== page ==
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PHOTOS: Brian Vernor
In the three years of Continental riding, this is the worst road ever. We’re lost and stopped at an intersection in the middle of nowhere.
Stopped collectively, unsure of where this odyssey ends, quiet, empty and bemused looks reflect a ride like no other. Nearly one-hundred-and-twenty-seven miles ago we were fresh and ready to fight the forces of weather that comes with riding along the Mississippi Delta.
Wind; we’ve faced wind before, we’ve echeloned and persevered, but somehow this has been different. Single lines, double lines, none of us have felt wind like that offered by the pancake-flat Delta before. Momentum-killing chip-seal roads we see 15mph when we’re lucky, but we’re drilling ourselves just to keep a pace of 12mph. Zigging and zagging through the cotton and rice fields we dance from one foot to the next. At times and at more acute angles we are as wide as a lane of traffic and overlapping nearly half the length of our bikes. All is ruffled, muffled and flapping. All communication; gasps, instructions and maledictions, are snuffed and carried off without register. We are streaming sweat and leaking. We are eroding.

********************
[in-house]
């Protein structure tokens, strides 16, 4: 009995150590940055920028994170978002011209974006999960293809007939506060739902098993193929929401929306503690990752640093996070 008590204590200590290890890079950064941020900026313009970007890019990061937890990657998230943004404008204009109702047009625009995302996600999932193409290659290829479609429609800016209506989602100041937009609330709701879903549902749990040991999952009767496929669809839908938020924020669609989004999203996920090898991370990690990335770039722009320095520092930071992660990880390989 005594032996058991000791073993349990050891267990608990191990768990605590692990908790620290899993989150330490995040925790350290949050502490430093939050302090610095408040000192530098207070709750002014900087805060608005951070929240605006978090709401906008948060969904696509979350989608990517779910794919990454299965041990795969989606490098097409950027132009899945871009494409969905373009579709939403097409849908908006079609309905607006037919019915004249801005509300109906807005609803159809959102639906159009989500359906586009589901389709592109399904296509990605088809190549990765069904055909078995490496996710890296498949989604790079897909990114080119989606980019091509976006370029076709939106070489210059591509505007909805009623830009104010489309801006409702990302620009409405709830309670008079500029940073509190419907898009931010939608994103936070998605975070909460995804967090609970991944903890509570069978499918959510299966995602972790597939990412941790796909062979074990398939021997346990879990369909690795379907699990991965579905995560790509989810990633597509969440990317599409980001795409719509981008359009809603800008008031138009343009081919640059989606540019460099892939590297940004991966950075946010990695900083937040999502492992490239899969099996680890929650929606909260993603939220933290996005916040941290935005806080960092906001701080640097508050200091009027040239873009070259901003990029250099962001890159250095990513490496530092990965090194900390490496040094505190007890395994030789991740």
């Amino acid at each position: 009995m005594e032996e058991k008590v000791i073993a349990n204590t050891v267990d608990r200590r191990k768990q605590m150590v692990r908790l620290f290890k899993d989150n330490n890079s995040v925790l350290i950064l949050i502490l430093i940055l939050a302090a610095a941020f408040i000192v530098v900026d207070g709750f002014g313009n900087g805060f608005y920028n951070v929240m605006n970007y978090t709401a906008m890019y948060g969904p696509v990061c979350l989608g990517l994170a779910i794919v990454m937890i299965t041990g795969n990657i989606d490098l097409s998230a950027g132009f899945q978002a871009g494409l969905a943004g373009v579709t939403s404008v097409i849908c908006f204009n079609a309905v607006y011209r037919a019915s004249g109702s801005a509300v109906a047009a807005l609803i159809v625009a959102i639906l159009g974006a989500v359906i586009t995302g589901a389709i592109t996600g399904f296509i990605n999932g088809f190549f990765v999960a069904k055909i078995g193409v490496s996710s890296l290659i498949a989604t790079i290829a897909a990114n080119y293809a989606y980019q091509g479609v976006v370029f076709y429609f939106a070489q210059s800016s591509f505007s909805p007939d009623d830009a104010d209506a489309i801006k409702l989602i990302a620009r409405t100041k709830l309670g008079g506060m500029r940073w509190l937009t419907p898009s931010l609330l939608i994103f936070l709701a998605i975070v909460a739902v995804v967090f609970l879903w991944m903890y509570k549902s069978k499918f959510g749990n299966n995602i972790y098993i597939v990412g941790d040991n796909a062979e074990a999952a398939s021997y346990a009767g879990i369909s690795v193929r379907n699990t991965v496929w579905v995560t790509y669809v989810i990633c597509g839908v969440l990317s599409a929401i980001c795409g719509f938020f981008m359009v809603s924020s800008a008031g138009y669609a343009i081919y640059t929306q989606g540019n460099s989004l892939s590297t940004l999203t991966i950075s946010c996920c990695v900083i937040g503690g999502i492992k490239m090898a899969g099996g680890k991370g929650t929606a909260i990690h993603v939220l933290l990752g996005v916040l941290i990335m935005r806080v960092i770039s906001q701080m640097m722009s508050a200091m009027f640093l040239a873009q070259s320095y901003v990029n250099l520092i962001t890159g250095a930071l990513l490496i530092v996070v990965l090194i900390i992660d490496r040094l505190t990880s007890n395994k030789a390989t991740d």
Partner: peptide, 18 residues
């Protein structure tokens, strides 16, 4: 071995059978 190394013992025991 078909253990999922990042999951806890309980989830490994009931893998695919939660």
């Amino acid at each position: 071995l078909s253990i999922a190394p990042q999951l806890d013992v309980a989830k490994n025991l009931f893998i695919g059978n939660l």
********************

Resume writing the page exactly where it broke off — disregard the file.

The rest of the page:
Water; we’ve ridden through apocalyptic rain storms and crossed many a creek, but riding through these flooded plains is different. For two hours we push through the swollen waters of the Mississippi. Instead of holding one’s line, we’re working to stay in the wake of the captain ahead. The only relief for soaking feet comes at the very highest moment of each pedal stroke, everything else has the extra tension of trudging through the dark, deep waters of the Mighty Miss. As fish jump around, our bikes become as valuable for defense as transport—helping us ward off and outrun rabid beaver and feisty water moccasins (a gravely poisonous snake common around water in the South). Aimless, we stop periodically take respite underneath freeway over-pasess shouting into the underside just to hear the reassuring echo of our own voices. That, and to prod unidentifiable but assuredly dead animals with our frame pumps.